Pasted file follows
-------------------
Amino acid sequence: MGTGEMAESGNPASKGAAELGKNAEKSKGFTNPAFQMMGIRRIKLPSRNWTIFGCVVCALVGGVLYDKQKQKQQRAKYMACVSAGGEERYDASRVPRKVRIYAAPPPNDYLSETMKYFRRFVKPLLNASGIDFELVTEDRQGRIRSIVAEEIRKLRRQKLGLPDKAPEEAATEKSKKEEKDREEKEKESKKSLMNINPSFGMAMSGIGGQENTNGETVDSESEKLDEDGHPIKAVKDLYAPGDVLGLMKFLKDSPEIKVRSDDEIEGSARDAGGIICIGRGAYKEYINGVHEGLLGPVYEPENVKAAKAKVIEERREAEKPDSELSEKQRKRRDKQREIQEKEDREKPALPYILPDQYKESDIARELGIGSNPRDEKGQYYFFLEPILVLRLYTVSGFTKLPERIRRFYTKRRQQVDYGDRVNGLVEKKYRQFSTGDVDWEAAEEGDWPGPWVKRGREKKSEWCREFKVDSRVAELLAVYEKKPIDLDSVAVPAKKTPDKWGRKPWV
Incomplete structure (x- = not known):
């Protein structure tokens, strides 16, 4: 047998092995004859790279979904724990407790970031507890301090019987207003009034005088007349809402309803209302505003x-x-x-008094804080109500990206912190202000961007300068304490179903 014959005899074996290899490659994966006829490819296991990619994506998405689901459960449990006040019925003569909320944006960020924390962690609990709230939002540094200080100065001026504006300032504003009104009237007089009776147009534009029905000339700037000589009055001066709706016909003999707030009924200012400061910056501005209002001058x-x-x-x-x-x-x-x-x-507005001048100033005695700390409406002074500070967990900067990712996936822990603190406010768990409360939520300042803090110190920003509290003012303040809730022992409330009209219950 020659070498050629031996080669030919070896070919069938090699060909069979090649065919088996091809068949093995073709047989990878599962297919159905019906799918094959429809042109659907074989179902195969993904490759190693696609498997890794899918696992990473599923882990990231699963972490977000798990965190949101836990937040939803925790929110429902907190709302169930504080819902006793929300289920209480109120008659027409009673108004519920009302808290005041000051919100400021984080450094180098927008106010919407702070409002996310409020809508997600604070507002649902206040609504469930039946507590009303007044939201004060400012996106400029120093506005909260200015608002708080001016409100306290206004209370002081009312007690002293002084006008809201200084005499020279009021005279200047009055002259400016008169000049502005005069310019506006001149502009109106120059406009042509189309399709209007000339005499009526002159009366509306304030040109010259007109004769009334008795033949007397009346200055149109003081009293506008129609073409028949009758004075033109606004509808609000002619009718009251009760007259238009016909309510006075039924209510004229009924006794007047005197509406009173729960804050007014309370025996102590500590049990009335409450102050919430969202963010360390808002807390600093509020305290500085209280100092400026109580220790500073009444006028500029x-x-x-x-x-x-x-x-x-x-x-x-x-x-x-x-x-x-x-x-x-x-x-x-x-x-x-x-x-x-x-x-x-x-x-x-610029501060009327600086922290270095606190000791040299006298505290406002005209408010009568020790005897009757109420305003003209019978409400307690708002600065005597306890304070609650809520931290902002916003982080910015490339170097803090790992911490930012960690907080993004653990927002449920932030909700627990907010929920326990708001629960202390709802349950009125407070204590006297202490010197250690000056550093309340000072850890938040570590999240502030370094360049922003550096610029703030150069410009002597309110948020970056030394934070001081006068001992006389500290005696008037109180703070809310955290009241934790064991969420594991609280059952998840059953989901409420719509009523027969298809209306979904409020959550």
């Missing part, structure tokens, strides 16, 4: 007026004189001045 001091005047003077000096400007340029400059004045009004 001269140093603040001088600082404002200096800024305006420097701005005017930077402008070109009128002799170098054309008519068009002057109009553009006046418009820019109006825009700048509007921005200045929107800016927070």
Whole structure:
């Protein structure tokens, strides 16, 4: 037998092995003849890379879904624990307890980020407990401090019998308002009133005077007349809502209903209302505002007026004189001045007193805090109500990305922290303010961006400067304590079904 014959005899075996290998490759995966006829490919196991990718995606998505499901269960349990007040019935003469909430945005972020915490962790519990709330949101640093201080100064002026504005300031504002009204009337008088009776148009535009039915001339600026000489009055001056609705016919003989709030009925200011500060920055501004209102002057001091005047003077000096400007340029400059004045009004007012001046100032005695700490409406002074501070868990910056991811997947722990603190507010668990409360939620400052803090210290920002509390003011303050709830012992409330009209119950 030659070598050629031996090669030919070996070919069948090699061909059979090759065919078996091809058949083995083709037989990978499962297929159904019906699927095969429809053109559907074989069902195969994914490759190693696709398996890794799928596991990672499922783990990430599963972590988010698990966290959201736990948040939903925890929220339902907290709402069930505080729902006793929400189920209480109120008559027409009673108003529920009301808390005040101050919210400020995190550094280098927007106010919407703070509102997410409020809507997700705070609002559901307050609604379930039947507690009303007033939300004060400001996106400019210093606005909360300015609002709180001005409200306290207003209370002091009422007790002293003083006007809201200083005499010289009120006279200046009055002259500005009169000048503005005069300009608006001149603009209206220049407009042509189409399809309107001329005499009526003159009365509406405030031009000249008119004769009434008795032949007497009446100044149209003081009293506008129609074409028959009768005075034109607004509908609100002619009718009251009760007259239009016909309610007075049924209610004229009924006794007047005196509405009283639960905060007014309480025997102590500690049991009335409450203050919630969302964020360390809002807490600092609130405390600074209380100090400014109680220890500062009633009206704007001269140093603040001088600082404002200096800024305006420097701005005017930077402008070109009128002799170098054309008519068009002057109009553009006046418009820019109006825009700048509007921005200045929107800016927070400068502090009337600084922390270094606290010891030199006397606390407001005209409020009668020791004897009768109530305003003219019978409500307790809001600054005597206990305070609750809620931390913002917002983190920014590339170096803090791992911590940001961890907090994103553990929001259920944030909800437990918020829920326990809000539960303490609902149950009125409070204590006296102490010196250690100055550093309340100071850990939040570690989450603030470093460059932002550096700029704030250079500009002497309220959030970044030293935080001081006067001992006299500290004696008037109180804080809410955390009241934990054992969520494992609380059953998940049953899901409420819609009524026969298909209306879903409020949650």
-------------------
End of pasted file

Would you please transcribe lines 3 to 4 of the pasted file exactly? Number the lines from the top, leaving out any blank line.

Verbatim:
């Protein structure tokens, strides 16, 4: 047998092995004859790279979904724990407790970031507890301090019987207003009034005088007349809402309803209302505003x-x-x-008094804080109500990206912190202000961007300068304490179903 014959005899074996290899490659994966006829490819296991990619994506998405689901459960449990006040019925003569909320944006960020924390962690609990709230939002540094200080100065001026504006300032504003009104009237007089009776147009534009029905000339700037000589009055001066709706016909003999707030009924200012400061910056501005209002001058x-x-x-x-x-x-x-x-x-507005001048100033005695700390409406002074500070967990900067990712996936822990603190406010768990409360939520300042803090110190920003509290003012303040809730022992409330009209219950 020659070498050629031996080669030919070896070919069938090699060909069979090649065919088996091809068949093995073709047989990878599962297919159905019906799918094959429809042109659907074989179902195969993904490759190693696609498997890794899918696992990473599923882990990231699963972490977000798990965190949101836990937040939803925790929110429902907190709302169930504080819902006793929300289920209480109120008659027409009673108004519920009302808290005041000051919100400021984080450094180098927008106010919407702070409002996310409020809508997600604070507002649902206040609504469930039946507590009303007044939201004060400012996106400029120093506005909260200015608002708080001016409100306290206004209370002081009312007690002293002084006008809201200084005499020279009021005279200047009055002259400016008169000049502005005069310019506006001149502009109106120059406009042509189309399709209007000339005499009526002159009366509306304030040109010259007109004769009334008795033949007397009346200055149109003081009293506008129609073409028949009758004075033109606004509808609000002619009718009251009760007259238009016909309510006075039924209510004229009924006794007047005197509406009173729960804050007014309370025996102590500590049990009335409450102050919430969202963010360390808002807390600093509020305290500085209280100092400026109580220790500073009444006028500029x-x-x-x-x-x-x-x-x-x-x-x-x-x-x-x-x-x-x-x-x-x-x-x-x-x-x-x-x-x-x-x-x-x-x-x-610029501060009327600086922290270095606190000791040299006298505290406002005209408010009568020790005897009757109420305003003209019978409400307690708002600065005597306890304070609650809520931290902002916003982080910015490339170097803090790992911490930012960690907080993004653990927002449920932030909700627990907010929920326990708001629960202390709802349950009125407070204590006297202490010197250690000056550093309340000072850890938040570590999240502030370094360049922003550096610029703030150069410009002597309110948020970056030394934070001081006068001992006389500290005696008037109180703070809310955290009241934790064991969420594991609280059952998840059953989901409420719509009523027969298809209306979904409020959550």
């Missing part, structure tokens, strides 16, 4: 007026004189001045 001091005047003077000096400007340029400059004045009004 001269140093603040001088600082404002200096800024305006420097701005005017930077402008070109009128002799170098054309008519068009002057109009553009006046418009820019109006825009700048509007921005200045929107800016927070």